Recast 'Stumptown' Actor Blasts ABC Over "Degrading" Dismissal

Mark Webber
Austin Hargrave

Mark Webber, who stopped by THR's portrait session at Sundance Film Festival, co-stars with Keira Knightley and Chloe Grace in director Lynn Shelton's Happy Christmas.

Actor Mark Webber is speaking out after being dismissed from ABC's recently ordered series based on the Stumptown comics and starring Cobie Smulders.

The pilot, based on the Oni Press title of the same name, was the first drama the Disney-owned broadcast network picked up to series this past week and had been a frontrunner for the past few weeks. Sources say producers are going in a different direction for the role.

Webber wrote that he was informed he was being recast in the series from Jason Richman (Detroit 187) because he wasn't "handsome enough for the executives" and went on to say in a series of tweets that the way he was treated was "so degrading."

"Look, I'm a straight white male so I know my journey has been way less painful in this warped industry, but I’m being recast in a network television show because I’m not handsome enough for the executives," he wrote Tuesday, the night before Stumptown (working title) was picked up to series. "It's important for me to share the real pain we endure in this industry."

Webber went on to receive — and retweet — feedback from the acting community. Many offered support, including John Ross Bowie (Speechless), Josh Charles and Teresa Palmer (Warm Bodies, A Discovery of Witches), the latter of whom shared her own experience being recast: "When I was 19 I was fired from a job because A. I wasn’t famous enough and B. When pressured to hook up with the lead guy by the producers to have more 'chemistry' with him I said no and was promptly replaced by someone else," she wrote, using the #industrytruths hashtag.

An hour later, Webber had some choice words about the experience: "I'm so curious how they’re going to frame this in their upfront announcement. What the spin will be? Probably none as I’ve already been deemed insignificant by them. The way I was treated was so degrading. These 'executive' decisions are why network tv is dying," he wrote, adding: "The wonderful woman doing makeup, who like me had came up from the film world, had never dealt with a 'network' before. She was so strong with me in the trailer as the executive determined my look on the show."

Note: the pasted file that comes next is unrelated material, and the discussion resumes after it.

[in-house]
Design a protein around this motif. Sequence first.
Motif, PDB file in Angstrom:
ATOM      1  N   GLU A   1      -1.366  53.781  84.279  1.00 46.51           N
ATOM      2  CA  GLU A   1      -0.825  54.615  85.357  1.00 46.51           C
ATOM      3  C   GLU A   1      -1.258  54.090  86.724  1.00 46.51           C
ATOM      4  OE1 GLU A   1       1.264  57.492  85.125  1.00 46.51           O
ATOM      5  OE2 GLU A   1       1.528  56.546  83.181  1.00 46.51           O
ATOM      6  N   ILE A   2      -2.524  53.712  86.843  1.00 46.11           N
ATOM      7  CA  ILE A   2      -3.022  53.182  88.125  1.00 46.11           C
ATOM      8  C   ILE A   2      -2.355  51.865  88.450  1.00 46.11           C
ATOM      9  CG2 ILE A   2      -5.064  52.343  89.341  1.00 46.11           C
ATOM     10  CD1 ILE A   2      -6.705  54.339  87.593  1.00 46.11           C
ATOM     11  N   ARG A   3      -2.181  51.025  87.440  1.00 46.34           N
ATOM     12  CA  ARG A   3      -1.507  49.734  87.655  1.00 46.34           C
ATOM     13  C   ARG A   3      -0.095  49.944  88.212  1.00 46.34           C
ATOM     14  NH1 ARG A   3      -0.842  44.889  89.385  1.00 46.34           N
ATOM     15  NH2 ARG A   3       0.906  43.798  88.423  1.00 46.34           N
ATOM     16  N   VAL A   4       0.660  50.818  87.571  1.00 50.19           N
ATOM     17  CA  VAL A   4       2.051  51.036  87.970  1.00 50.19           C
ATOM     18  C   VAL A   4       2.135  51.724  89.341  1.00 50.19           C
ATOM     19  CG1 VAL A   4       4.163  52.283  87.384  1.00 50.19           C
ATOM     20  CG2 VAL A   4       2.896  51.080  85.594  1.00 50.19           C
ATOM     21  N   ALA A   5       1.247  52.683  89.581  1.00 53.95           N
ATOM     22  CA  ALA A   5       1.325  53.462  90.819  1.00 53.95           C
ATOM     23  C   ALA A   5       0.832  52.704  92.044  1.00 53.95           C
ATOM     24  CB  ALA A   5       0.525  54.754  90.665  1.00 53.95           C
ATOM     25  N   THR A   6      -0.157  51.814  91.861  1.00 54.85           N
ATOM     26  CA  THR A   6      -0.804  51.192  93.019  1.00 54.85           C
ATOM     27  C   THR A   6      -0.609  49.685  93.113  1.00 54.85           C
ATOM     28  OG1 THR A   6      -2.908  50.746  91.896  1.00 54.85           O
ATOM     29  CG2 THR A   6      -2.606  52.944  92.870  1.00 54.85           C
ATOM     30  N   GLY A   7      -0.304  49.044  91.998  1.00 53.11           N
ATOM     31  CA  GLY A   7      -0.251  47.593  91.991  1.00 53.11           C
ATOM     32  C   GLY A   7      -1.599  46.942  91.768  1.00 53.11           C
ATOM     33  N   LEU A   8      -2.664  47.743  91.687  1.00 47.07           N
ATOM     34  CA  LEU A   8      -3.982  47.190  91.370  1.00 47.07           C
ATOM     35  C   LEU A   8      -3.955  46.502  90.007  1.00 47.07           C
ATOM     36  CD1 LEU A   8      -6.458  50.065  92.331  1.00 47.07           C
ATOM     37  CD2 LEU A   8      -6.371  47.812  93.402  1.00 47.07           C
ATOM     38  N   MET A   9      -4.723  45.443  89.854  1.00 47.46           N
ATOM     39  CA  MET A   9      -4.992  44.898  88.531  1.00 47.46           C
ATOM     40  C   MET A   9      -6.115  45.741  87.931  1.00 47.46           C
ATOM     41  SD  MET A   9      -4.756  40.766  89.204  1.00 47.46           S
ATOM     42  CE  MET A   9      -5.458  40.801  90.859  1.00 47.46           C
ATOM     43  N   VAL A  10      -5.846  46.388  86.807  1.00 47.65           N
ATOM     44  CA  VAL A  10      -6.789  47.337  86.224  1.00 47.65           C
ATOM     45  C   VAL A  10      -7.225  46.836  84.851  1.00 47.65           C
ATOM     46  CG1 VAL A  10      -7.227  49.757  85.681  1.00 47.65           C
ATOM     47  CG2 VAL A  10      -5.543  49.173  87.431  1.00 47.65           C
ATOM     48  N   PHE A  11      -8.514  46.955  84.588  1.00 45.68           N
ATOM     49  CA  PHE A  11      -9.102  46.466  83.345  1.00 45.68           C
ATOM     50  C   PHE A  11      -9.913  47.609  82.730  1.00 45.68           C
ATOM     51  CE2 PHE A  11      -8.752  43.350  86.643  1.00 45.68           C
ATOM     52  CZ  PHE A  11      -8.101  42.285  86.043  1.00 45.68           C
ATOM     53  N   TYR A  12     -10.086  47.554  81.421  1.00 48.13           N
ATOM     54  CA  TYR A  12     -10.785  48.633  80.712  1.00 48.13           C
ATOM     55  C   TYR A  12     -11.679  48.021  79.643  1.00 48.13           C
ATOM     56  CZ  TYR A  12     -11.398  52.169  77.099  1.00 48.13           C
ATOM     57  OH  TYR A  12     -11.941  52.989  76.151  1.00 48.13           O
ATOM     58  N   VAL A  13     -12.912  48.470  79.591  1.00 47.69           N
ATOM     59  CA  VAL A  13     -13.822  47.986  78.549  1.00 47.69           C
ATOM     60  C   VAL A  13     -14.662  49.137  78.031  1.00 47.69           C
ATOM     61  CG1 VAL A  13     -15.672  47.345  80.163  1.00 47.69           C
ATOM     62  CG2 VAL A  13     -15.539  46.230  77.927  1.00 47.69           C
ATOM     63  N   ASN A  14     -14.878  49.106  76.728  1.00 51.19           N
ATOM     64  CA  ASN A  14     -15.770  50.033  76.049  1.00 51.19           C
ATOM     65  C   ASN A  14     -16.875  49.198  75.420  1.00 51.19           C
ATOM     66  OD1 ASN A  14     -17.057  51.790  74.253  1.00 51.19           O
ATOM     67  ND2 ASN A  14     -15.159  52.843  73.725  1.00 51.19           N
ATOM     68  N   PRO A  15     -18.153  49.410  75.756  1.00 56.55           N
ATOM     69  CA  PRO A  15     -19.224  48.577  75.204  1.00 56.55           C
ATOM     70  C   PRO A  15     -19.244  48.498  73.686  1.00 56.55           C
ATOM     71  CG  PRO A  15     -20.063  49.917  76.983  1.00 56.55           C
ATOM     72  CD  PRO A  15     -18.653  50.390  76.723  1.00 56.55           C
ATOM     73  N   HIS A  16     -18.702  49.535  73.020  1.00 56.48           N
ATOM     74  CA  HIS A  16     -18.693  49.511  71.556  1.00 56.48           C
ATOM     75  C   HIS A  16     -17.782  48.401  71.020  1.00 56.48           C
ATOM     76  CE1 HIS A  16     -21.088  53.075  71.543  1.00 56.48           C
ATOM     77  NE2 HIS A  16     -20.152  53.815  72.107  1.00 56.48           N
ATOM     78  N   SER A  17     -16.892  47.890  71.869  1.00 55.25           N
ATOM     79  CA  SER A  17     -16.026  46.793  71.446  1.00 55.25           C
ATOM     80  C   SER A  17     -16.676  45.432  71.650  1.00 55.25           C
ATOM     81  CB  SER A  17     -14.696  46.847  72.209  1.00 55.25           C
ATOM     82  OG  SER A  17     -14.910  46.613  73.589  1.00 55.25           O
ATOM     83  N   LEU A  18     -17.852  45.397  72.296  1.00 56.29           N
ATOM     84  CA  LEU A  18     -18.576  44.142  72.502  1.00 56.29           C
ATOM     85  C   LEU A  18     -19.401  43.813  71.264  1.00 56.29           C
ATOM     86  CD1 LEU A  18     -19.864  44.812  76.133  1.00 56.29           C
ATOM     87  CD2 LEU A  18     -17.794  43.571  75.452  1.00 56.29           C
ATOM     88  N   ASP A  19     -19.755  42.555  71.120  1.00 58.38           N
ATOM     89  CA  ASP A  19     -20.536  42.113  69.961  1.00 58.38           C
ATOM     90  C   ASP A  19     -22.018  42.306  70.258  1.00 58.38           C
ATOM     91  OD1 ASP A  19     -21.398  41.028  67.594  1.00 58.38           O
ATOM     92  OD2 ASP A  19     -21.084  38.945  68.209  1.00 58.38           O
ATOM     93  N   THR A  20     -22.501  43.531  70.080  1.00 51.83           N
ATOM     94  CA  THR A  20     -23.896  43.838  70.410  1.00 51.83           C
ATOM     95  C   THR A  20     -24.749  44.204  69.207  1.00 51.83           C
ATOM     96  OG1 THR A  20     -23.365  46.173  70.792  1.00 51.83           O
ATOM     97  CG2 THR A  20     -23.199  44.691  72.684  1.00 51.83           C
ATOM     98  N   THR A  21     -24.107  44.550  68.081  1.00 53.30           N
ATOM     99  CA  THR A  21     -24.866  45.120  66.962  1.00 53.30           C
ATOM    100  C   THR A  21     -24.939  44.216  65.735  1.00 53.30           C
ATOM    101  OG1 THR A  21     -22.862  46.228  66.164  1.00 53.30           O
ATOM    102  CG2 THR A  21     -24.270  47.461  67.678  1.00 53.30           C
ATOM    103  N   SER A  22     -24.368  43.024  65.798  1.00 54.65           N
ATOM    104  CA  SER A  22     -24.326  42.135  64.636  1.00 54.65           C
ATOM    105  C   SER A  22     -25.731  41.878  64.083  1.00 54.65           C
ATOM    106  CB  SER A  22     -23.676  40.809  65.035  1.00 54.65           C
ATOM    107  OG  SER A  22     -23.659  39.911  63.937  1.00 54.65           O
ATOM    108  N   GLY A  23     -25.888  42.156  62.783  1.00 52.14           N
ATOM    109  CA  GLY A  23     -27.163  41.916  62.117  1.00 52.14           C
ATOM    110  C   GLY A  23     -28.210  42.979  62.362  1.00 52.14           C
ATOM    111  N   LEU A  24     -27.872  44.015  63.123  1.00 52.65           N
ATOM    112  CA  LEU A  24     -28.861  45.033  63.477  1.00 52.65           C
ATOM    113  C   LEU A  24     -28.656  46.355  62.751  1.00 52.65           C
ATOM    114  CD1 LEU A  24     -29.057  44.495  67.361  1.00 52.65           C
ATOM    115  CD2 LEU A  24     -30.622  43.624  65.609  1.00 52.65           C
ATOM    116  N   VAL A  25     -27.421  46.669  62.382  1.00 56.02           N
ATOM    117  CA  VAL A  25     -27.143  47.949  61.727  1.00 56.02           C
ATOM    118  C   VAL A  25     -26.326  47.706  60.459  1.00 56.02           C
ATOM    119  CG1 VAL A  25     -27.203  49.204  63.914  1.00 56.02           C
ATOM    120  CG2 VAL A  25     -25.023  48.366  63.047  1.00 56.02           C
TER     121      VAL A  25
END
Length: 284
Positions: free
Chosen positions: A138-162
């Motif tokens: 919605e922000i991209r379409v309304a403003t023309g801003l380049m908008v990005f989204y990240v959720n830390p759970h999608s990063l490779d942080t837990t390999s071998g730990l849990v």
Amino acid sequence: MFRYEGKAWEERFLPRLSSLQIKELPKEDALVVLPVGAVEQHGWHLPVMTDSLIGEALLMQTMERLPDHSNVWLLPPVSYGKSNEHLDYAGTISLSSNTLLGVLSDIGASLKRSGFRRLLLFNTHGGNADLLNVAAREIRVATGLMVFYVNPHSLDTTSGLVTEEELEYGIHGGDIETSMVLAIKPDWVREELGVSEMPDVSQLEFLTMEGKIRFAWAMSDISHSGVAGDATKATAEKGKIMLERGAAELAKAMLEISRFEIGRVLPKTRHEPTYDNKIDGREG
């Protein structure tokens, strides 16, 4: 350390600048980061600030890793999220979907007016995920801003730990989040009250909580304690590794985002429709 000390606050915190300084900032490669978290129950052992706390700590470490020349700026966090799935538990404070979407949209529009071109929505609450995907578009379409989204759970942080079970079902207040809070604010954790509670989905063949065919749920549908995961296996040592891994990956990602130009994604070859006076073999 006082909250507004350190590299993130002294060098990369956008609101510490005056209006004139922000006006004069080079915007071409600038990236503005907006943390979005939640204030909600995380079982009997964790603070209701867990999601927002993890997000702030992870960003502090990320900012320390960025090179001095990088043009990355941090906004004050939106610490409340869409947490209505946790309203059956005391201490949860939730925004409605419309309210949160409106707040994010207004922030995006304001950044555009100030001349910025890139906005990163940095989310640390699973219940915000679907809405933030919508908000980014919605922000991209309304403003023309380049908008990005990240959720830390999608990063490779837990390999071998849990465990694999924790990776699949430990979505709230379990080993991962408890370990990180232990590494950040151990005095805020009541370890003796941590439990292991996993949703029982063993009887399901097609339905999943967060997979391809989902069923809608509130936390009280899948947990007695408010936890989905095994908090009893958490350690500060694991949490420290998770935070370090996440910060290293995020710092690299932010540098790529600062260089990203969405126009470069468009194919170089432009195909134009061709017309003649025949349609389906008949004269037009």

In Stumptown, How I Met Your Mother grad Smulders plays Dex Parios, a strong, assertive and sharp-witted army veteran with a complicated love life, a gambling debt and a brother (Cole Sibus) to take care of in Portland, Oregon. Webber was poised to play the best friend to Smulders' character and her love interest. The actor's credits include Scott Pilgrim vs. The World and the indies Explicit Ills andThe Place of No Words. Last year, he filmed the CBS pilot L.A. Confidential. The drama did not move forward and attempts to find a new home for the project were unsuccessful.

Webber continued to voice his disdain for the industry well into the night Tuesday.

"The way this industry has contributed to women hating their bodies is just ONE of the many things I’ve abhorred for so long. I know a lot of us men generally stay silent with our challenges in this arena," the actor wrote before taking a swing at the indie film world.

"Also the independent film world has been poisoned for a long time too. Artists scrambling, to package their films in a way that’s “commercial”, because we live in a world where the almighty dollar rules. Thankfully there is a movement of us saying FUCK THAT NOISE," he added.

Two days later — after ABC officially picked up Stumptown to series, Webber took another shot: "Contrived 'diverse' female empowerment shows by stale white men, created for the sole purpose of making them money and giving them more power. Contributes nothing to the cultural development of the world." A few hours later, he added: "I was raised by a single teenage mom. We were poor. We were homeless. We lived in the streets. She became a radical revolutionary leader. I give zero fucks what filthy rich executives at huge corporations think about me. Never have. Never will."

ABC declined comment.

Recastings are common this time of year, when networks refine pilots following audience testing and network and studio feedback. Webber is the third high-profile recasting this pilot season. On ABC's Black-ish spinoff Mixed-ish, male lead Anders Holm is being recast, and The CW's Nancy Drew replaced Freddie Prinze Jr. with Scott Wolf.

Webber is not the first actor to open up about the experience of being replaced on a TV series. Last year, veteran TV actor Dave Annable (Heartbeat, Red Band Society, 666 Park Avenue and Brothers & Sisters) shared the pain of being recast in a moving essay in which he looked for the lesson in the experience. "I’ve never been fired before and certainly not publicly.… Learning to deal with failure is one of the most important lessons you’ll deal with in your life. Guess what? Failure is mandatory. It’s growth. It’ll never stop. It’s where all the good shit happens that makes you a better person when you are open to seeing the right perspective," he wrote in the post, which went viral.

Webber's comments arrive the same week that Constance Wu expressed disappointment after ABC renewed her comedy series Fresh Off the Boat for another season. The actress added in a statement early Saturday that the renewal prevented her from taking on another project she was interested in pursuing. ABC's new executive regime will field questions from the press Tuesday ahead of the network's upfront presentation to Madison Avenue ad buyers in New York.

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